read your lecture outline or textbook chapter before going to class
A great way to save time and energy during a class is to read a textbook chapter or pre-learn the content of the class before attending your lectures. Whether it be watching a YouTube/Khan Academy video, looking a topic up online, reading a chapter/section from your textbook, or looking over your teacher's slides for the next day, pre-learning content is extremely helpful. By exposing yourself, however briefly, to the new content beforehand, you make it much easier for you to learn it the day after. Having already seen and maybe even understood the content, the content will be much easier to master, and will appear a lot less daunting.
You don't have to go crazy in-depth here, but it's helpful to lightly annotate, highlight or summarize when you read and learn about your topic. Bring these pre-class notes to your lecture, and have them alongside you whilst your teacher is talking. Maybe you can add to or relate your teacher's words to what you read the day before!
how to take digital notes: ACTUALLY DOING IT
Whew! You're all set and ready to go now? Awesome. Now it's time to learn how to get set up and how to actually take your notes during class.
GET SET UP
When you're getting set up at the beginning of class, make sure that you have the following things with you or ready:
- Your device (laptop, tablet etc.) and any accompanying accessories (keyboard, mouse, stylus etc.)
- Pre-class notes (either typed notes or physical notes)
- A word processor (Microsoft Word, Apple Pages, Google Docs etc.) pulled up and ready to go
- A pen and paper (you never know when you might just have to handwrite a few quick notes, and it's better to be prepared)
Obviously, depending on the class, you might need other materials as well.
Taking your actual notes should be much easier now that you're typing them out instead of handwriting them, but if you're in need of saving even more time, try developing a shorthand. A shorthand is essentially a shorter form or way of expressing common words or phrases. For example, typing just "bc" instead of the whole word "because" saves you the time it takes to type five extra letters.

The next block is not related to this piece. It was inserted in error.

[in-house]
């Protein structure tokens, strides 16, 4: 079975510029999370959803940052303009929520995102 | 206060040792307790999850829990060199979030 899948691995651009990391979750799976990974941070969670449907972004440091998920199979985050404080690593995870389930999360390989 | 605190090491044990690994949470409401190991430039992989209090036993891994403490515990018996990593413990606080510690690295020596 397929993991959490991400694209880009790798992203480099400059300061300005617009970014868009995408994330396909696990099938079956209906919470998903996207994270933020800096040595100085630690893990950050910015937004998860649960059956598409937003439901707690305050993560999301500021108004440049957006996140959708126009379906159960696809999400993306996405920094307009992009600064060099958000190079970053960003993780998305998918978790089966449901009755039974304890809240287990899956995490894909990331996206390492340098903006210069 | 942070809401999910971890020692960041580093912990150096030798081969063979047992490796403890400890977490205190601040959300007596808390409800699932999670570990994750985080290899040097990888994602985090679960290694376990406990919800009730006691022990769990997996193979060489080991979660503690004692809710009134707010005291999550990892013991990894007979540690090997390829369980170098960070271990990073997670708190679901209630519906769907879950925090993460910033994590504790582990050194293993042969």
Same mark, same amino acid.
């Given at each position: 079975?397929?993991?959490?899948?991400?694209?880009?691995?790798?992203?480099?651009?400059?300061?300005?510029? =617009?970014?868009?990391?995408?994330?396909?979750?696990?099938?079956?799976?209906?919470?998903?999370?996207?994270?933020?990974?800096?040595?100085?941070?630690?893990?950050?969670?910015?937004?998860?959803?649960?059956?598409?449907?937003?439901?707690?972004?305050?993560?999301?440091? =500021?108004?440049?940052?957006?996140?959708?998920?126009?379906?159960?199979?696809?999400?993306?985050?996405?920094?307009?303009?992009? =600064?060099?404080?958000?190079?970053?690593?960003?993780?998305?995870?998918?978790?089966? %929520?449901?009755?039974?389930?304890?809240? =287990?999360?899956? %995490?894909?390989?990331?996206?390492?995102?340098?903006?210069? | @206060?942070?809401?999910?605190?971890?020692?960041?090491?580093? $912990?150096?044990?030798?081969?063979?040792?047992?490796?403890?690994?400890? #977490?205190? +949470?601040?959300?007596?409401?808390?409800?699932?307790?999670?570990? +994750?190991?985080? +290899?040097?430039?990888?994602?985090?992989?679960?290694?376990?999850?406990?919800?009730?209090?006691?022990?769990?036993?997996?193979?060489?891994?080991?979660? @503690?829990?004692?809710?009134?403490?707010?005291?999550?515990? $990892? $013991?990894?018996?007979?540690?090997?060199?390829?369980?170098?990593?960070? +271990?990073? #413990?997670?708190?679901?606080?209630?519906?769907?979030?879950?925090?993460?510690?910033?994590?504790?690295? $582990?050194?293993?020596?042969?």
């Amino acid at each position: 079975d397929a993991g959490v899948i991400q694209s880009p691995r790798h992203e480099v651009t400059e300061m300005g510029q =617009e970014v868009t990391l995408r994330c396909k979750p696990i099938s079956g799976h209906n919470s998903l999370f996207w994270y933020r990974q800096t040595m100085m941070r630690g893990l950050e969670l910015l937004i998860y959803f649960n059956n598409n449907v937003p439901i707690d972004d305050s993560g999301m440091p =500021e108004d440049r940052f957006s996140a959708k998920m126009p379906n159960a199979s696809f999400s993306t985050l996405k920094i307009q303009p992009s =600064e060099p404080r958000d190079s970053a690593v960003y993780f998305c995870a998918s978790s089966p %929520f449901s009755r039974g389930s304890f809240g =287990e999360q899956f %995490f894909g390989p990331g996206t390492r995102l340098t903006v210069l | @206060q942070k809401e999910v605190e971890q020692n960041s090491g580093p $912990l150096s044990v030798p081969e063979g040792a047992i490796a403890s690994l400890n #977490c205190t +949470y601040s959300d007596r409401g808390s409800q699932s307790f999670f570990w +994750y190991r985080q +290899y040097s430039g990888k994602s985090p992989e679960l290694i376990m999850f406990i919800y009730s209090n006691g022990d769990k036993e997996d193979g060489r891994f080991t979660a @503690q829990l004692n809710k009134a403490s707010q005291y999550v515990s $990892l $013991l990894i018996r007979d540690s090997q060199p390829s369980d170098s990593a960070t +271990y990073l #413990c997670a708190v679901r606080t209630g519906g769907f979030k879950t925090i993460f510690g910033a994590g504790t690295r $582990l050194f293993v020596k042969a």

It's okay if your notes are kind of a jumbled mess when you're halfway through your lecture. When you get home, you can always sort through the info and organize it. Don't worry about your notes being perfectly divided into categories and subcategories in the middle of your class, and instead focus on just getting all the info down.
how to take digital notes: the aftermath
revise your notes
Since your class notes are likely pretty messy, I like to organize them a bit and add in some revisions. This could be anything from coloring in a diagram, rewriting some slightly illegible notes, or even taking pictures from Google and pasting them into your notes. Taking these steps enriches your notes, and help consolidate the information in your brain.
print them out
What I like to do after a class is to print out the notes that I took. This allows for me to highlight and annotate my notes, encouraging active reading as I study. You could just annotate your notes on your iPad or computer, but I find it easier and more helpful to physically do this step.
make a quizlet or a brainscape study set
One of my favorite ways to study from digital notes is to make a Quizlet or Brainscape study set. These two websites are great to make online flashcards with, and will allow you to easily copy and paste information into your digital flashcards.
good luck + happy studying!
I mean, unless you love studying, I doubt digital note-taking will be "happy," for you, but hopefully this guide will make note-taking a bit more efficient.
If you have any questions, thoughts or comments, please leave them down below! I'll be happy to answer any and all of your comments!
Also, if you enjoyed this guide, or found it helpful, it would mean the world to me if you could pin the image below to your Pinterest account!
Until next time...